HIGHLIGHTS:

  • The U.S. Supreme Court on June 4, 2018, ruled 7-2 in favor of Jack Phillips, a Colorado baker who told a same-sex couple in 2012 that he would not create a cake for their wedding celebration because of his religious opposition to same-sex marriages.
  • The Court acknowledged that the Masterpiece Cakeshop Ltd. et al. v. Colorado Civil Rights Commission et al. case presented "difficult questions as to the proper reconciliation" of the government's authority to enforce prohibitions on discrimination on the one hand, and the "right of all persons to exercise fundamental freedoms under the First Amendment" on the other.
  • The lessons from this case for government decision-makers are clear – decisions impacting First Amendment free exercise of religion and speech rights must never be based (explicitly or implicitly) on subjective views of the content of the speech or the specific religious beliefs at issue.

In summer 2012, Charlie Craig and Dave Mullins planned to marry in Massachusetts (a state that then recognized same-sex marriages) rather than in their home state of Colorado (which at the time did not). They also planned a reception for family and friends in Denver, at which they wanted a wedding cake. For that, they went to Masterpiece Cakeshop in Lakewood, Colo., and told its owner, Jack Phillips, that they wanted to order a cake for "our wedding."

Phillips is an expert baker and has owned the cake shop for over 24 years. He is also a devout Christian. To Phillips, creating a cake for a same-sex wedding would be equivalent to participating in a celebration that is contrary to his own deeply held beliefs. For this reason, he told Craig and Mullins that he did not create wedding cakes for same-sex weddings, but that he would make them birthday cakes, shower cakes, cookies and brownies.

Shortly thereafter, Craig and Mullins filed a discrimination complaint against Phillips and his cake shop, alleging that they had been denied "full and equal service" at the bakery because of their sexual orientation.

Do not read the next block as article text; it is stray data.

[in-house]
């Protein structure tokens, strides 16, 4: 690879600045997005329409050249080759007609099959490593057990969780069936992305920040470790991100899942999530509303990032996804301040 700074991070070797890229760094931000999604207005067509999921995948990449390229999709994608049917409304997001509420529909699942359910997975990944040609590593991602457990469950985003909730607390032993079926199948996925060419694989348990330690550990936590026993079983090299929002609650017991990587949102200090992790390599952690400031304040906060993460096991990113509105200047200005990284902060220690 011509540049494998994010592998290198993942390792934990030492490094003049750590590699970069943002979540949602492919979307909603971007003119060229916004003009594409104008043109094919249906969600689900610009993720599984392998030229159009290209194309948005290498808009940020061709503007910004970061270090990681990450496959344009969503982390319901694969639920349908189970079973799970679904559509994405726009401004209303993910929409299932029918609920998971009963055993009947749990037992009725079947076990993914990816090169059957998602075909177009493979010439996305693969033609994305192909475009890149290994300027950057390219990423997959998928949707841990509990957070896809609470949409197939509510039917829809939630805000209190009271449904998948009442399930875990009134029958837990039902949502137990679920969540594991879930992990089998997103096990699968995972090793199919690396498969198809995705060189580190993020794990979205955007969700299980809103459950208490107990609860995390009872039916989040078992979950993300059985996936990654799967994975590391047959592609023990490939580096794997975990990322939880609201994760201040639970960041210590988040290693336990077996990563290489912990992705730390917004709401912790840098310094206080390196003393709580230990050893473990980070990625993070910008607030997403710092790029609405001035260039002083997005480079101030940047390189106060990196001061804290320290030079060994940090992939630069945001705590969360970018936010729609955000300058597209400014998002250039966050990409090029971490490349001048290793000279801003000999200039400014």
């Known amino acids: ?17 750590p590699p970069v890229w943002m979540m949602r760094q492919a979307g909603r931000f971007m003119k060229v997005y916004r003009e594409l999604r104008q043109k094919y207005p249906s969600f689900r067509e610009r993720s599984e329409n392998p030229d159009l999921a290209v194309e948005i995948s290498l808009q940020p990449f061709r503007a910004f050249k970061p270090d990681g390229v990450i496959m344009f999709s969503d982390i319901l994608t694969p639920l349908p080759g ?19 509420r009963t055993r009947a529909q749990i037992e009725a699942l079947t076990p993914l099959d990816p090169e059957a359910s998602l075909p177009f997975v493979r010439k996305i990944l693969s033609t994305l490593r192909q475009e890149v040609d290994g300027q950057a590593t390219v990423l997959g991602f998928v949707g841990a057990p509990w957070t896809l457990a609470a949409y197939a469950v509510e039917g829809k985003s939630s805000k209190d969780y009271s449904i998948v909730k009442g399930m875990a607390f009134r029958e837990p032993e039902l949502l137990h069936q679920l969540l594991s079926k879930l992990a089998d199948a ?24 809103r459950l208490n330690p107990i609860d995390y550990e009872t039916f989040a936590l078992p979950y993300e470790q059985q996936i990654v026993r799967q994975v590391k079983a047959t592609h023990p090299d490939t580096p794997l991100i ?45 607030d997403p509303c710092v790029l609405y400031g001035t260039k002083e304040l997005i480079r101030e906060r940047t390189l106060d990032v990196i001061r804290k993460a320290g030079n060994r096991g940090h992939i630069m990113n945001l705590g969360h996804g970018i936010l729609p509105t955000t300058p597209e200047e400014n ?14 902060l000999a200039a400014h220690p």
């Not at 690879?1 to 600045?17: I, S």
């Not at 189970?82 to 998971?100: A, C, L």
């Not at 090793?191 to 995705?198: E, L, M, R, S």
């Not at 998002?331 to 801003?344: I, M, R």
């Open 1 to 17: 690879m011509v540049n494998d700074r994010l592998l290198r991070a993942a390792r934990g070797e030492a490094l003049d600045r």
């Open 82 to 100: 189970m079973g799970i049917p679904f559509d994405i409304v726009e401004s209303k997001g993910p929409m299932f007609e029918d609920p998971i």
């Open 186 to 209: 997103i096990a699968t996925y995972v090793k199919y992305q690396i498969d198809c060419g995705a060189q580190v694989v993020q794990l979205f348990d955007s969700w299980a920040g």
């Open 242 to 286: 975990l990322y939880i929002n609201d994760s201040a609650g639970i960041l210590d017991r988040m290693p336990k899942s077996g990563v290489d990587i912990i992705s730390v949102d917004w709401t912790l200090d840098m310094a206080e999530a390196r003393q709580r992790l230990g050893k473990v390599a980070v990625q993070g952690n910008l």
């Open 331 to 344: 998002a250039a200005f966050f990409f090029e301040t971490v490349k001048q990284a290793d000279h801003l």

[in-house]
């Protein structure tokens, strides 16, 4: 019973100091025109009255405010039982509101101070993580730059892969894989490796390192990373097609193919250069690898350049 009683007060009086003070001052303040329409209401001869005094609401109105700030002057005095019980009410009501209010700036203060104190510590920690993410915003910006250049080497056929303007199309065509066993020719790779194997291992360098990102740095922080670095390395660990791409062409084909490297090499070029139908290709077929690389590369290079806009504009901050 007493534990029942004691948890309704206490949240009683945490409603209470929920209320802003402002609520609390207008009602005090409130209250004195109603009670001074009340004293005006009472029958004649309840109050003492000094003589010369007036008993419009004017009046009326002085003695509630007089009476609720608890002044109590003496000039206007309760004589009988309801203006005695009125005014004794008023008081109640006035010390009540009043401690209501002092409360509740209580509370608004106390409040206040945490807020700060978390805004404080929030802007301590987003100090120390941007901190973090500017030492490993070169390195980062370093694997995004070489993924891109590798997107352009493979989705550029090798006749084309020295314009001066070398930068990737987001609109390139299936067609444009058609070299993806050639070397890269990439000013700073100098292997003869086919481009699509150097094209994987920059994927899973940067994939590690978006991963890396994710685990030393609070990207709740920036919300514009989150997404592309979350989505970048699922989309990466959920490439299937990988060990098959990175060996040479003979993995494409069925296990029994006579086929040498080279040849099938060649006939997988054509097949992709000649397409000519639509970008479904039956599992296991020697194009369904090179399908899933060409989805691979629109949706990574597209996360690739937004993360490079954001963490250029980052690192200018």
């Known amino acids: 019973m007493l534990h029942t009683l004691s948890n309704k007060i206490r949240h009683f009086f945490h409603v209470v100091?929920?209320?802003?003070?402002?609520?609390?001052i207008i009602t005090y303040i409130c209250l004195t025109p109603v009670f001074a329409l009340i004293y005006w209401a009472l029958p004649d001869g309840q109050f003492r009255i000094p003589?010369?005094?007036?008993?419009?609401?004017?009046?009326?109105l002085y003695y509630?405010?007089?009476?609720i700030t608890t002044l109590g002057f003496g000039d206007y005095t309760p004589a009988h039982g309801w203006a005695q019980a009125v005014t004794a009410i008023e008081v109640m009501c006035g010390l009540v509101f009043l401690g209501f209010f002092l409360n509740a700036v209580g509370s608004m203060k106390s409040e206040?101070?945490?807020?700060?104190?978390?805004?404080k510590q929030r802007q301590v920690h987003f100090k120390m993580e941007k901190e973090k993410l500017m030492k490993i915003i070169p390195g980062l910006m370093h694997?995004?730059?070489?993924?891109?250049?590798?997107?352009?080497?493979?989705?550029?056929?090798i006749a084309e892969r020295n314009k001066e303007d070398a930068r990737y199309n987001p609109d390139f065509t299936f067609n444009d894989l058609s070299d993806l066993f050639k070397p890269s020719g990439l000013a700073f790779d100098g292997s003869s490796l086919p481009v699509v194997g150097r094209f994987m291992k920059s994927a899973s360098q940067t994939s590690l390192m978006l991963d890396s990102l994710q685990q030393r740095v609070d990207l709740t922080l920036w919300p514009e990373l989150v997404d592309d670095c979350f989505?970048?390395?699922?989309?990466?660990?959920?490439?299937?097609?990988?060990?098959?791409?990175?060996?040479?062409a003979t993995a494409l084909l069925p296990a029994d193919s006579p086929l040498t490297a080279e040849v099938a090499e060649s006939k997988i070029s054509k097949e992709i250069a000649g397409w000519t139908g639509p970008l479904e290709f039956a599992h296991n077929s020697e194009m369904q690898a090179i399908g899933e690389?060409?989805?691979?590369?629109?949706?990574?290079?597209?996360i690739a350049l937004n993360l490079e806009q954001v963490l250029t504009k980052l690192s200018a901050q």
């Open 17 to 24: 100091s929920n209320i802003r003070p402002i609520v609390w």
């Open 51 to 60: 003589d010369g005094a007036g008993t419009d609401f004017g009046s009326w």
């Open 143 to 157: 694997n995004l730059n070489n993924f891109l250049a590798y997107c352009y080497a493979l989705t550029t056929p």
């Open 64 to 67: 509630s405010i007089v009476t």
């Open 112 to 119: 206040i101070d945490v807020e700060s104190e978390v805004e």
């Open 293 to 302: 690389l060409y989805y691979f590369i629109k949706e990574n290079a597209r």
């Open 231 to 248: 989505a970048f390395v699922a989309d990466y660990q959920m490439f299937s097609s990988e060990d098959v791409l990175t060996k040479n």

Supreme Court Analysis

In a much anticipated decision, the U.S. Supreme Court on June 4, 2018, ruled in favor of Phillips in Masterpiece Cakeshop Ltd. et al. v. Colorado Civil Rights Commission et al.

Many expected the Court to rule on whether Colorado's law prohibiting sexual orientation discrimination applied notwithstanding Phillips' First Amendment right to free exercise of religion and his free speech right not to be compelled to express a message with which he disagreed. The Court acknowledged that the case presented "difficult questions as to the proper reconciliation" of the government's authority to enforce prohibitions on discrimination on the one hand, and the "right of all persons to exercise fundamental freedoms under the First Amendment" on the other.

Yet a majority of the Court reached no definitive conclusion on how to reconcile sincerely held religious beliefs with generally applicable anti-discrimination laws, except to say that "the outcome of cases like this in other circumstances must await further elaboration in the courts."

Nevertheless, the grounds upon which the Court's 7-2 ruling in favor of Phillips was based provides a cautionary tale for government decision-makers.

Under Colorado law, the Colorado Civil Rights Commission is the body that ultimately decides cases of alleged improper discrimination. For the Court, what tipped the balance in favor of Phillips was the way in which Colorado and its Civil Rights Commission treated Phillips and his claims. The Court found that "whatever the confluence of speech and free exercise principles might be in some cases, the Colorado Civil Rights Commission's consideration of this case was inconsistent with the State's obligation of religious neutrality."